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Army secretary says wreath-laying event at Arlington back on


WASHINGTON — Army Secretary Ryan McCarthy has reversed the COVID-related cancellation of an annual wreath-laying event at Arlington National Cemetery next month, following criticism on social media and pleas to the White House.

President Donald Trump said later Tuesday it was he who had reversed “the ridiculous decision” to cancel the event. “It will now go on!” he tweeted.

Each year, volunteers around the country place wreaths on the tombstones and markers of veterans as part of Wreaths Across America. The tradition began in 1992 when a Maine wreath maker donated 5,000 wreaths to Arlington. The event has expanded to thousands of locations across the country.

On Monday, Arlington National Cemetery announced that it was “with great regret,” cancelling the Wreaths Across America event scheduled for Dec. 19, due to COVID-19. That prompted a backlash on social media, including from Republican Rep. Dan Crenshaw of Texas, a former Navy SEAL, who tweeted early Tuesday: “Reverse your decision.”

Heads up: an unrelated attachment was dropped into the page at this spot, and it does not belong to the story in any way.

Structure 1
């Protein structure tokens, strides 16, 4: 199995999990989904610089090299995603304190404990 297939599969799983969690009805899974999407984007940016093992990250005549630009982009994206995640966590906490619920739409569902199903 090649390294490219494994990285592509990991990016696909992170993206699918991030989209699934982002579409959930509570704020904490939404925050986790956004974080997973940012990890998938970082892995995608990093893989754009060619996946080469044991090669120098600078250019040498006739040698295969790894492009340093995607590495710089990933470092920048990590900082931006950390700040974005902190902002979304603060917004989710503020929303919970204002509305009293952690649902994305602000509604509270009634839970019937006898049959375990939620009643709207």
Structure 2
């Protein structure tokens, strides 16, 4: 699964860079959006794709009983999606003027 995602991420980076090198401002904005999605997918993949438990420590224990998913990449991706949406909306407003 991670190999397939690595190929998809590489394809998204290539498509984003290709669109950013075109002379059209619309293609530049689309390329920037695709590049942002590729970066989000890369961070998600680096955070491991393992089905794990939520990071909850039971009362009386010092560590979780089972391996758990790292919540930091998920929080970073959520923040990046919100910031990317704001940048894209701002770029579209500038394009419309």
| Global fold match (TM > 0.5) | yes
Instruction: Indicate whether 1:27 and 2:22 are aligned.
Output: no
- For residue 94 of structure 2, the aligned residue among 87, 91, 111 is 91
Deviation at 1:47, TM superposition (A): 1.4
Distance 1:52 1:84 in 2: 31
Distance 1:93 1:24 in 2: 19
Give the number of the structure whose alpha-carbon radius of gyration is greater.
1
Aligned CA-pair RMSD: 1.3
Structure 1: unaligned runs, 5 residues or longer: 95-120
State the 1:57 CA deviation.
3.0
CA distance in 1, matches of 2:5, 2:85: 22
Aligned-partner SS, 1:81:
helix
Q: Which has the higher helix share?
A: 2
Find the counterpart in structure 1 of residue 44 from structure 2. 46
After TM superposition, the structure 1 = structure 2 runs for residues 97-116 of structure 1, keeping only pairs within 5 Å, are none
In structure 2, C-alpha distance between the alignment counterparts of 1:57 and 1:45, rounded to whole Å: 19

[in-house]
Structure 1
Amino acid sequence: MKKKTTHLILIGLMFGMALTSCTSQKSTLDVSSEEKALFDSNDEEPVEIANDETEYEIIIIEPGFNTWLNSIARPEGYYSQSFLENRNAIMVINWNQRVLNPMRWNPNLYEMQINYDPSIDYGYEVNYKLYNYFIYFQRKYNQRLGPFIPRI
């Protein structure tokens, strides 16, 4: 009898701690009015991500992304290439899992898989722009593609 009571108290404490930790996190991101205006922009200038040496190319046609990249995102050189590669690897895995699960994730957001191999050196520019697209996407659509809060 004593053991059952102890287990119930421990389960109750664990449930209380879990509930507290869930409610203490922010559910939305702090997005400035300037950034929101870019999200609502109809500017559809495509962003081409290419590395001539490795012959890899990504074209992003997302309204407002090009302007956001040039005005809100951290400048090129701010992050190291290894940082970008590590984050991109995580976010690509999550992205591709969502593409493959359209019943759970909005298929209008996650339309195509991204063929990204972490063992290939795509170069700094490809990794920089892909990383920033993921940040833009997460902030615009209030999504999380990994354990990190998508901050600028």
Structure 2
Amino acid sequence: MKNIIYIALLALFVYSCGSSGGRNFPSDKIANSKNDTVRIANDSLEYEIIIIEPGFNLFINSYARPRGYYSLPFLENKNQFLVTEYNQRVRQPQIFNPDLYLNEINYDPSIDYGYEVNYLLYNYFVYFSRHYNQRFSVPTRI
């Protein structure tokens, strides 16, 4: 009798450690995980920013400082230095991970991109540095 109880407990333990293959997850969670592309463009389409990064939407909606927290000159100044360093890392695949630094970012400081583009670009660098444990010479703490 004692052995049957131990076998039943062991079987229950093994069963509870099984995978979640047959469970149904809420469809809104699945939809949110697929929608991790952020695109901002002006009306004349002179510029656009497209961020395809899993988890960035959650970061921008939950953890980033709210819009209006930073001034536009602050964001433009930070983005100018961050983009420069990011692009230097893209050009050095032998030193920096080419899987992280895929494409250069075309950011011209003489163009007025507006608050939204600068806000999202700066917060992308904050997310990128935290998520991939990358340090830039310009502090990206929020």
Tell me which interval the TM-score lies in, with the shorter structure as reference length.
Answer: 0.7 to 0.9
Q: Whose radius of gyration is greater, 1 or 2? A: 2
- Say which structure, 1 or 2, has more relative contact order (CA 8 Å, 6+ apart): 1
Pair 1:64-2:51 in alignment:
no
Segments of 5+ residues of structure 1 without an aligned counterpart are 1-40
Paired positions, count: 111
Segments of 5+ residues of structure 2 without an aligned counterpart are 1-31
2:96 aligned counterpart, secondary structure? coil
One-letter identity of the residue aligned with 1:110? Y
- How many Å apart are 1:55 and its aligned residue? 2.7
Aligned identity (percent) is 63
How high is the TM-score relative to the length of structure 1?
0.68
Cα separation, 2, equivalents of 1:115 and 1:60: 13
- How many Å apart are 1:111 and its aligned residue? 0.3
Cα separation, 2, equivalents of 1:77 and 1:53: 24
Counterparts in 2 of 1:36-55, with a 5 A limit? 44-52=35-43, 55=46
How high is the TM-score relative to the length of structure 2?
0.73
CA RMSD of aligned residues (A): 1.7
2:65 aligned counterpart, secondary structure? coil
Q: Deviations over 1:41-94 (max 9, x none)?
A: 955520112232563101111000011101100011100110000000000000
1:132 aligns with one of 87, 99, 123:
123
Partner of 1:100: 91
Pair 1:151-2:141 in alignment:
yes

The group that helps co-ordinate the ceremony, Wreaths Across America, also issued pleas to continue this year’s event, including with the White House. Shortly before group officials were to hold a news conference Tuesday, they received word of McCarthy’s decision.

Karen Worcester, executive director of Wreaths Across America, said that when the organization had initially learned of the cancellation at Arlington, it reached out to Arlington National Cemetery’s leadership discuss options for keeping the tradition going safely.

And, on Tuesday, she got the news she was hoping to hear. “They have informed us of their willingness to work with us to develop other options to allow for the safe placement of veterans’ wreaths this December,” Worcester said.

Wreaths Across America will have 2,500 participating locations this year, she said.

“We will be fulfilling the mission in every state and doing so safely following local guidelines in all cases,” Worcester said.

Kevin Freking, The Associated Press

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